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Modeling and Optimization of Transportation Networks with Emerging Technologies

Alireza Khani
Civil, Environmental, and Geo- Engineering, University of Minnesota

ABSTRACT: Transportation systems are confronting disruptive changes due to the emergence of new technologies such as shared mobility and autonomous vehicles. Traditional methods of modeling transportation systems do not capture the characteristics of new modes or the behavior of users in response to new modes. Therefore, new and customized methods are needed for i) analyzing human mobility patterns from new data sources, ii) controlling the operation of on-demand mobility services, and iii) optimizing long term planning of transportation infrastructures considering future technologies. In this seminar, Khani presents optimization methods to solve selected problems from the three research needs. He and his team develop and apply these methods in the context of multimodal transportation systems to increase benefits to society.

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When Topology Met Phononics: Wave Manipulation on Edges and Interfaces

Stefano Gonella
Civil, Environmental, and Geo- Engineering, University of Minnesota

ABSTRACT: Elastic metamaterials are structural materials that owe their unique wave manipulation capabilities to their complex internal architecture. Topological metamaterials are special metamaterials whose behavior is directly controlled by the topology of their phonon band structure. In this talk, we present two problems in topological phononics that deal with the propagation of waves at edges and interfaces. The first problem regards a class of metamaterials known as topological Maxwell lattices. In the second part of the presentation, we demonstrate the existence of valley-Hall edge states in the in-plane dynamics of honeycomb lattices with bi-valued strut thickness.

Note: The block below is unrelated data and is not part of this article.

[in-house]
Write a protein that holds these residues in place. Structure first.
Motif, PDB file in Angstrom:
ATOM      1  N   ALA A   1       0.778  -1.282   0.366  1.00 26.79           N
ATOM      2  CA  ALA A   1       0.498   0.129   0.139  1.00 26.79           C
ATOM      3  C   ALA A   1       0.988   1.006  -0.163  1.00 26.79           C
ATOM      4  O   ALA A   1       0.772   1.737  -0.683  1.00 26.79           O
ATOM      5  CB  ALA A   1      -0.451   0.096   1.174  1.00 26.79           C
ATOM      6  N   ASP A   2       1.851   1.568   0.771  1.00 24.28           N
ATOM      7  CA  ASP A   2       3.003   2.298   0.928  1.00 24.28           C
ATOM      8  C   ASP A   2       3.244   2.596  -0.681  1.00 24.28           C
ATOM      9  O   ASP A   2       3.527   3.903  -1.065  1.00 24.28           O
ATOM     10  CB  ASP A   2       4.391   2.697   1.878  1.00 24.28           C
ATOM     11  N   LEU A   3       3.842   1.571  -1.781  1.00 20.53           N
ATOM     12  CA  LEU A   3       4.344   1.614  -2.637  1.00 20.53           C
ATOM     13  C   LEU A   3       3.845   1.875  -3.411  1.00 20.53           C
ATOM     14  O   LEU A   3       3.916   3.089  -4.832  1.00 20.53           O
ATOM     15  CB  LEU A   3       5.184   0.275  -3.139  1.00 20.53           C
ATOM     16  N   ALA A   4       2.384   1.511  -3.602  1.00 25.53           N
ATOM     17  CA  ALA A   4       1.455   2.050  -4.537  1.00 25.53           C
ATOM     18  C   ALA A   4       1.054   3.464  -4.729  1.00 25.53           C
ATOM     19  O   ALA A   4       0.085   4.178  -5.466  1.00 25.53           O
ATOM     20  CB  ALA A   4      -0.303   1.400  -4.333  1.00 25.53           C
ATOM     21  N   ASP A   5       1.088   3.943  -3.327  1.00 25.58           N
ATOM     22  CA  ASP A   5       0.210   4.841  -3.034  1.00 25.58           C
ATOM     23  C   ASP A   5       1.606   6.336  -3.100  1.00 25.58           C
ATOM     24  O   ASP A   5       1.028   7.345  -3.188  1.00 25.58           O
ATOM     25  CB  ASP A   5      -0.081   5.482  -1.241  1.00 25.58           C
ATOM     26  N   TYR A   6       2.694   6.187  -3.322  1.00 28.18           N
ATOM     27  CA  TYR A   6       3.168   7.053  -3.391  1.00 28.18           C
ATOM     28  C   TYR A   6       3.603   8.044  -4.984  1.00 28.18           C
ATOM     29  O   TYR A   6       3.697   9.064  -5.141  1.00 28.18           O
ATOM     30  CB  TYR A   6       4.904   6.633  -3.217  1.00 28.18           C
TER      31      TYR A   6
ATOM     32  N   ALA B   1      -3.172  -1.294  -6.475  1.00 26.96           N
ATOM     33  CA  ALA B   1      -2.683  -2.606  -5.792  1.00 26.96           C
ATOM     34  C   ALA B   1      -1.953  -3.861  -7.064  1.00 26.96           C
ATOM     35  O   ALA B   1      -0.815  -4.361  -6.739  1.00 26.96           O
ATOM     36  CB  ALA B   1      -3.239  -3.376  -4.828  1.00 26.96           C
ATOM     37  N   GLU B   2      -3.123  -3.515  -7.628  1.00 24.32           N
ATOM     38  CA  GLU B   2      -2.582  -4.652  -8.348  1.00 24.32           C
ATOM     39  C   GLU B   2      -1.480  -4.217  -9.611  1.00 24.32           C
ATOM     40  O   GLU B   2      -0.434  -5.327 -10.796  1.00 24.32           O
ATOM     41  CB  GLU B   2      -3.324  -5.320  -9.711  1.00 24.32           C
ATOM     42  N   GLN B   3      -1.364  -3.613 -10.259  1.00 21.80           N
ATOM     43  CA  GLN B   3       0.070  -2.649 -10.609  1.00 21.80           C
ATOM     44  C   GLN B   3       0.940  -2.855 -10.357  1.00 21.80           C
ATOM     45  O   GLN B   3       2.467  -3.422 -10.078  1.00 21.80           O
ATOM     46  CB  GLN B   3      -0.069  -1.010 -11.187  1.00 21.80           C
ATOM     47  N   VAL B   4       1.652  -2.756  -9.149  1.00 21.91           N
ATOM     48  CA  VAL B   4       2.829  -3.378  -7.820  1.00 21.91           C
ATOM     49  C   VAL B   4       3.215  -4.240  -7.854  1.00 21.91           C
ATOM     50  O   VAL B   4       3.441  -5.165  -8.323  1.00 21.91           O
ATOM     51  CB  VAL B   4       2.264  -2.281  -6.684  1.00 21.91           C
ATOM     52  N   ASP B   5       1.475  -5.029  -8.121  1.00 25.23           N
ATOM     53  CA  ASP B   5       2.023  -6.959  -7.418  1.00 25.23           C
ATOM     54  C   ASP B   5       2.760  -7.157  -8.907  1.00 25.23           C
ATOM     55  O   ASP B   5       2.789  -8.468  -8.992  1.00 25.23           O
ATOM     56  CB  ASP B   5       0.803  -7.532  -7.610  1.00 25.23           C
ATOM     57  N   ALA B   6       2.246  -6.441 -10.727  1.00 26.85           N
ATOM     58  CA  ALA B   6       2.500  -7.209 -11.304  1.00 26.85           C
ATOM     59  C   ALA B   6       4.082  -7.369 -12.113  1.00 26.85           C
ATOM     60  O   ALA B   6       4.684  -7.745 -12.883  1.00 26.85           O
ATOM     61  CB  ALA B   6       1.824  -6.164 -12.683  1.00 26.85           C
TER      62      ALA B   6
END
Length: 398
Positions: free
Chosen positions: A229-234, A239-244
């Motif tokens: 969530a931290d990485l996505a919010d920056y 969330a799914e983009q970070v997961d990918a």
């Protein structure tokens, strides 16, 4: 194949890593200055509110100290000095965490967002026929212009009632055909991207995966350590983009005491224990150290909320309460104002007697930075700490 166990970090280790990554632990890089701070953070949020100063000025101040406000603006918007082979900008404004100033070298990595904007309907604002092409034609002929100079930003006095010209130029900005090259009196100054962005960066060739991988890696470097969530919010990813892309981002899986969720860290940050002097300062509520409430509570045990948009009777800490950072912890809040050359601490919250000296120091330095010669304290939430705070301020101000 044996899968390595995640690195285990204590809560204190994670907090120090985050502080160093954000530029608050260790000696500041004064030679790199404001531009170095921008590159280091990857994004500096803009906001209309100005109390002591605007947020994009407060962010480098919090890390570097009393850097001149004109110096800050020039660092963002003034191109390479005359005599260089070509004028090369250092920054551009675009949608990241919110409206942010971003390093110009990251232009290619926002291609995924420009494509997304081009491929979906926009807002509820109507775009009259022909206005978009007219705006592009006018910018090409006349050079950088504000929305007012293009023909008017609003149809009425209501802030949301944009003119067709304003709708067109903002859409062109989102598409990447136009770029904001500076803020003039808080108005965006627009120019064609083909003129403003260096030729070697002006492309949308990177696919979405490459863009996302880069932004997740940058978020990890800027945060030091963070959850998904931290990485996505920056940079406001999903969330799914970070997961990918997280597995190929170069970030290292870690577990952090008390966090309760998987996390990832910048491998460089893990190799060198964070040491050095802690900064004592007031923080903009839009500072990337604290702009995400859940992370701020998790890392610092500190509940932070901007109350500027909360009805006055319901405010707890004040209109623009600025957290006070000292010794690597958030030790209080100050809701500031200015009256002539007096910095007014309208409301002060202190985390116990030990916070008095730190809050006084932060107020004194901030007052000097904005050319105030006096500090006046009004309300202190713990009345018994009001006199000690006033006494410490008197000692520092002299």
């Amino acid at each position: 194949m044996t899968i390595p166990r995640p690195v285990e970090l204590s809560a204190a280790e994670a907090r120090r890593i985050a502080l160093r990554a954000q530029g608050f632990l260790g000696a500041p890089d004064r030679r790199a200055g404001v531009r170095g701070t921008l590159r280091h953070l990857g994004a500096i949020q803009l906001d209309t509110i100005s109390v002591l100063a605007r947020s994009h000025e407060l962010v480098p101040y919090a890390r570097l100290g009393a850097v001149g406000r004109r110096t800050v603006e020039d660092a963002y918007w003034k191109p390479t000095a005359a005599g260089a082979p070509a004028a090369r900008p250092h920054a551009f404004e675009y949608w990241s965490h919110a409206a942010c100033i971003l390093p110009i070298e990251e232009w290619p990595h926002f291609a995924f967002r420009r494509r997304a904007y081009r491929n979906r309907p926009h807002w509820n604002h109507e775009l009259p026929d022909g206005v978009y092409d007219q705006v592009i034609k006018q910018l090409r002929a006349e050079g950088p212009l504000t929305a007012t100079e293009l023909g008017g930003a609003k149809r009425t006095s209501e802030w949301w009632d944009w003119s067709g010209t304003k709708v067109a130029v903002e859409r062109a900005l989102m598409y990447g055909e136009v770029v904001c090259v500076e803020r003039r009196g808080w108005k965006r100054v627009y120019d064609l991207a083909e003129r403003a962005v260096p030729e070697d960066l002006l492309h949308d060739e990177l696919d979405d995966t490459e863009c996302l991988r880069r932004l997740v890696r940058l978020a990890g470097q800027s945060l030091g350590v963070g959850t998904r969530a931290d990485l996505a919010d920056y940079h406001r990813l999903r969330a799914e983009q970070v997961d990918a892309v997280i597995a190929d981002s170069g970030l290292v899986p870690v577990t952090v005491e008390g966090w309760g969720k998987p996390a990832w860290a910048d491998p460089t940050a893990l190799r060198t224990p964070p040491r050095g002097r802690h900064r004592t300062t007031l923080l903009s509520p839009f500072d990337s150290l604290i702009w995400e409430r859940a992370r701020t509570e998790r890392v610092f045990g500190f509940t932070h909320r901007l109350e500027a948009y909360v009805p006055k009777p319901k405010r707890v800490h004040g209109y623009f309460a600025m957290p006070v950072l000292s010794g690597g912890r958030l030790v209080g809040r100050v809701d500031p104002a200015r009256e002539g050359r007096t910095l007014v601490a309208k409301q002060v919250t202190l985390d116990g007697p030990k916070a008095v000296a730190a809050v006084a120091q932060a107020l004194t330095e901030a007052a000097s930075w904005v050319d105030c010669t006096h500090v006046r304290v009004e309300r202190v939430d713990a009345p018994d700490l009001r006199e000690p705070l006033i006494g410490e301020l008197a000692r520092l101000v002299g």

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Plagiarism, Plagiarisma, Plagiarmania

Nancy Sims
Libraries, University of Minnesota

Citation, credit, authorship, ownership—at first pass most of these seem like fairly straightforward topics. But beyond a cursory look, these issues are rich and complex, with surprising and subtle nuances across academic disciplines, creative communities, cultural groups, and legal jurisdictions. Technologies intended to address concerns in these areas often fail on numerous edge cases, although they are also sometimes useful. Attorney and librarian Nancy Sims explores some of the tensions inherent in academic understandings of credit and plagiarism.

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Nonlinear Bayesian Inference for High-dimensional Systems

Peter Jan van Leeuwen
Atmosphereic Science, Colorado State University

ABSTRACT: In the geosciences, Bayesian inference is known as data assimilation, and many powerful methodologies have been developed, for instance for weather prediction. At present, weather prediction centers try to find useful solutions to the data-assimilation problem in a state space of size 10 billion or more. These methods are all based on linearizations of the problem, while with ever increasing model resolution and more sophisticated observations the problem has become highly nonlinear. Hence, there is a call for fully nonlinear methods. A new possibility has been developed based on so-called particle flows. Van Leeuwen demonstrates the usefulness of this new approach in simple toy problems and in high-dimensional ocean systems discussing theoretical and practical issues. Finally, van Leeuwen discusses how the present-day weather prediction scheme can be adapted to transform weather prediction from an approximate linearized solution to a fully nonlinear solution of the Bayesian Inference problem.

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Machine Learning and Computer Vision for Processing-Property Analyses